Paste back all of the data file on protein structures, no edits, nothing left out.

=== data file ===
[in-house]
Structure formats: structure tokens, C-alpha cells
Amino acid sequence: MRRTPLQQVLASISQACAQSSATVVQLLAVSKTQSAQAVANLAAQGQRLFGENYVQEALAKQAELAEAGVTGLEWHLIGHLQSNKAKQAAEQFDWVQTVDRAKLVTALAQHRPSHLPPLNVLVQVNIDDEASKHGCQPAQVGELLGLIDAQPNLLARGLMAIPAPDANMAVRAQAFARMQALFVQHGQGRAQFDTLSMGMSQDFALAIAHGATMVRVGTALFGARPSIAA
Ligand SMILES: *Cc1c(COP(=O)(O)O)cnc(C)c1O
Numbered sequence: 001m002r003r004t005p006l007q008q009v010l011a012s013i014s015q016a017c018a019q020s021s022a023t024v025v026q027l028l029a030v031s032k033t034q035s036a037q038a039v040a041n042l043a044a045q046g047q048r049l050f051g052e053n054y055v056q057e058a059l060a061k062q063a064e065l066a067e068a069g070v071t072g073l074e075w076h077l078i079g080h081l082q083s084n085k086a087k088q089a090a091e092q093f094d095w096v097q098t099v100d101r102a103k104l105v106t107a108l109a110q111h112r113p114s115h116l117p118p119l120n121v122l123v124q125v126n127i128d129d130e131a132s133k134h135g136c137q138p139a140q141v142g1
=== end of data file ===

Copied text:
[in-house]
Structure formats: structure tokens, C-alpha cells
Amino acid sequence: MRRTPLQQVLASISQACAQSSATVVQLLAVSKTQSAQAVANLAAQGQRLFGENYVQEALAKQAELAEAGVTGLEWHLIGHLQSNKAKQAAEQFDWVQTVDRAKLVTALAQHRPSHLPPLNVLVQVNIDDEASKHGCQPAQVGELLGLIDAQPNLLARGLMAIPAPDANMAVRAQAFARMQALFVQHGQGRAQFDTLSMGMSQDFALAIAHGATMVRVGTALFGARPSIAA
Ligand SMILES: *Cc1c(COP(=O)(O)O)cnc(C)c1O
Numbered sequence: 001m002r003r004t005p006l007q008q009v010l011a012s013i014s015q016a017c018a019q020s021s022a023t024v025v026q027l028l029a030v031s032k033t034q035s036a037q038a039v040a041n042l043a044a045q046g047q048r049l050f051g052e053n054y055v056q057e058a059l060a061k062q063a064e065l066a067e068a069g070v071t072g073l074e075w076h077l078i079g080h081l082q083s084n085k086a087k088q089a090a091e092q093f094d095w096v097q098t099v100d101r102a103k104l105v106t107a108l109a110q111h112r113p114s115h116l117p118p119l120n121v122l123v124q125v126n127i128d129d130e131a132s133k134h135g136c137q138p139a140q141v142g1